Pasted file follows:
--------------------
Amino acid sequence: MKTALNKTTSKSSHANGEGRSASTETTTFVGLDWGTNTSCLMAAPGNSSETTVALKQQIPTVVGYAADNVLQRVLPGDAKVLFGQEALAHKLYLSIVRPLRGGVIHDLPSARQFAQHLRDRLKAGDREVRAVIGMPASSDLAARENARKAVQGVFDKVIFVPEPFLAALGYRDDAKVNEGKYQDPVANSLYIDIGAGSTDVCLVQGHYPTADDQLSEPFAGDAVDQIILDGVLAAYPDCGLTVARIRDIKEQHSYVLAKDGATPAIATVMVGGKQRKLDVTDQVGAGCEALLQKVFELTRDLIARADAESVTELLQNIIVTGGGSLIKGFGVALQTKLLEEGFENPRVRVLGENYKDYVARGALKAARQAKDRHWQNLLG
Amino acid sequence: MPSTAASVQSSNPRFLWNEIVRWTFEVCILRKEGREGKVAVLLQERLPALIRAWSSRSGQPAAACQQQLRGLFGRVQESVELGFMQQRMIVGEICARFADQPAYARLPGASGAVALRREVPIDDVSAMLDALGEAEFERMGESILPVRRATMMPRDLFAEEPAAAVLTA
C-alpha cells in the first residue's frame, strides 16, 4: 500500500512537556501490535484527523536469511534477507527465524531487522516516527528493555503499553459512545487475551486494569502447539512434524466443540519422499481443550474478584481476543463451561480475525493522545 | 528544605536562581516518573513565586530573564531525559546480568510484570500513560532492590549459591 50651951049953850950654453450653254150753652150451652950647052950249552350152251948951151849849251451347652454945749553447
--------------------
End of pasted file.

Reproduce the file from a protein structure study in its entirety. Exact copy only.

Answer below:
Amino acid sequence: MKTALNKTTSKSSHANGEGRSASTETTTFVGLDWGTNTSCLMAAPGNSSETTVALKQQIPTVVGYAADNVLQRVLPGDAKVLFGQEALAHKLYLSIVRPLRGGVIHDLPSARQFAQHLRDRLKAGDREVRAVIGMPASSDLAARENARKAVQGVFDKVIFVPEPFLAALGYRDDAKVNEGKYQDPVANSLYIDIGAGSTDVCLVQGHYPTADDQLSEPFAGDAVDQIILDGVLAAYPDCGLTVARIRDIKEQHSYVLAKDGATPAIATVMVGGKQRKLDVTDQVGAGCEALLQKVFELTRDLIARADAESVTELLQNIIVTGGGSLIKGFGVALQTKLLEEGFENPRVRVLGENYKDYVARGALKAARQAKDRHWQNLLG
Amino acid sequence: MPSTAASVQSSNPRFLWNEIVRWTFEVCILRKEGREGKVAVLLQERLPALIRAWSSRSGQPAAACQQQLRGLFGRVQESVELGFMQQRMIVGEICARFADQPAYARLPGASGAVALRREVPIDDVSAMLDALGEAEFERMGESILPVRRATMMPRDLFAEEPAAAVLTA
C-alpha cells in the first residue's frame, strides 16, 4: 500500500512537556501490535484527523536469511534477507527465524531487522516516527528493555503499553459512545487475551486494569502447539512434524466443540519422499481443550474478584481476543463451561480475525493522545 | 528544605536562581516518573513565586530573564531525559546480568510484570500513560532492590549459591 50651951049953850950654453450653254150753652150451652950647052950249552350152251948951151849849251451347652454945749553447